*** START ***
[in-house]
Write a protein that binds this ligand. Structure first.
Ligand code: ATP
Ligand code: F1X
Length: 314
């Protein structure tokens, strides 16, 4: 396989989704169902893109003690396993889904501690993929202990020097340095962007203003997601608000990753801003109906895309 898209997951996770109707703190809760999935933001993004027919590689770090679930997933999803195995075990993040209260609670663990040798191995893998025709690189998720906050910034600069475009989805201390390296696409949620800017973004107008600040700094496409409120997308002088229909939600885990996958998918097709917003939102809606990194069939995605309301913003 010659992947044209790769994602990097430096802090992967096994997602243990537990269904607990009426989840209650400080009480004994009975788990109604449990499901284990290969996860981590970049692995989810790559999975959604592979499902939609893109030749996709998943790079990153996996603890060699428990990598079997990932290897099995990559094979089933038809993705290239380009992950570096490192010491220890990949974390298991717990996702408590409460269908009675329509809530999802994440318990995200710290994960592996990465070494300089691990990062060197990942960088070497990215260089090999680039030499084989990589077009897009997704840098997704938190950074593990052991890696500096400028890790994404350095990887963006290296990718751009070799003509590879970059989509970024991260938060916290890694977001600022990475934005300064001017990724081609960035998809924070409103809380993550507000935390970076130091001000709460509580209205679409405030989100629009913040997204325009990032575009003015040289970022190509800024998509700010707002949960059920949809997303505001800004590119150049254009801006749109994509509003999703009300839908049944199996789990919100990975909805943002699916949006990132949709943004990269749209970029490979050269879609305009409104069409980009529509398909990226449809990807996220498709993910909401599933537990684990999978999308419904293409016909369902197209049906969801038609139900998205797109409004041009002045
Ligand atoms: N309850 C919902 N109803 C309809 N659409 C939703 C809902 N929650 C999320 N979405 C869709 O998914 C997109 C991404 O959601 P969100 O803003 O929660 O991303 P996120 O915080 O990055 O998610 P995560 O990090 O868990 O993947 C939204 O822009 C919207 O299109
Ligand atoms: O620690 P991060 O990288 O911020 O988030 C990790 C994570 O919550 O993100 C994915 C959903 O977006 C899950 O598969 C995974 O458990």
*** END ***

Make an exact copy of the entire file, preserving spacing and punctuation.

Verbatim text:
[in-house]
Write a protein that binds this ligand. Structure first.
Ligand code: ATP
Ligand code: F1X
Length: 314
């Protein structure tokens, strides 16, 4: 396989989704169902893109003690396993889904501690993929202990020097340095962007203003997601608000990753801003109906895309 898209997951996770109707703190809760999935933001993004027919590689770090679930997933999803195995075990993040209260609670663990040798191995893998025709690189998720906050910034600069475009989805201390390296696409949620800017973004107008600040700094496409409120997308002088229909939600885990996958998918097709917003939102809606990194069939995605309301913003 010659992947044209790769994602990097430096802090992967096994997602243990537990269904607990009426989840209650400080009480004994009975788990109604449990499901284990290969996860981590970049692995989810790559999975959604592979499902939609893109030749996709998943790079990153996996603890060699428990990598079997990932290897099995990559094979089933038809993705290239380009992950570096490192010491220890990949974390298991717990996702408590409460269908009675329509809530999802994440318990995200710290994960592996990465070494300089691990990062060197990942960088070497990215260089090999680039030499084989990589077009897009997704840098997704938190950074593990052991890696500096400028890790994404350095990887963006290296990718751009070799003509590879970059989509970024991260938060916290890694977001600022990475934005300064001017990724081609960035998809924070409103809380993550507000935390970076130091001000709460509580209205679409405030989100629009913040997204325009990032575009003015040289970022190509800024998509700010707002949960059920949809997303505001800004590119150049254009801006749109994509509003999703009300839908049944199996789990919100990975909805943002699916949006990132949709943004990269749209970029490979050269879609305009409104069409980009529509398909990226449809990807996220498709993910909401599933537990684990999978999308419904293409016909369902197209049906969801038609139900998205797109409004041009002045
Ligand atoms: N309850 C919902 N109803 C309809 N659409 C939703 C809902 N929650 C999320 N979405 C869709 O998914 C997109 C991404 O959601 P969100 O803003 O929660 O991303 P996120 O915080 O990055 O998610 P995560 O990090 O868990 O993947 C939204 O822009 C919207 O299109
Ligand atoms: O620690 P991060 O990288 O911020 O988030 C990790 C994570 O919550 O993100 C994915 C959903 O977006 C899950 O598969 C995974 O458990």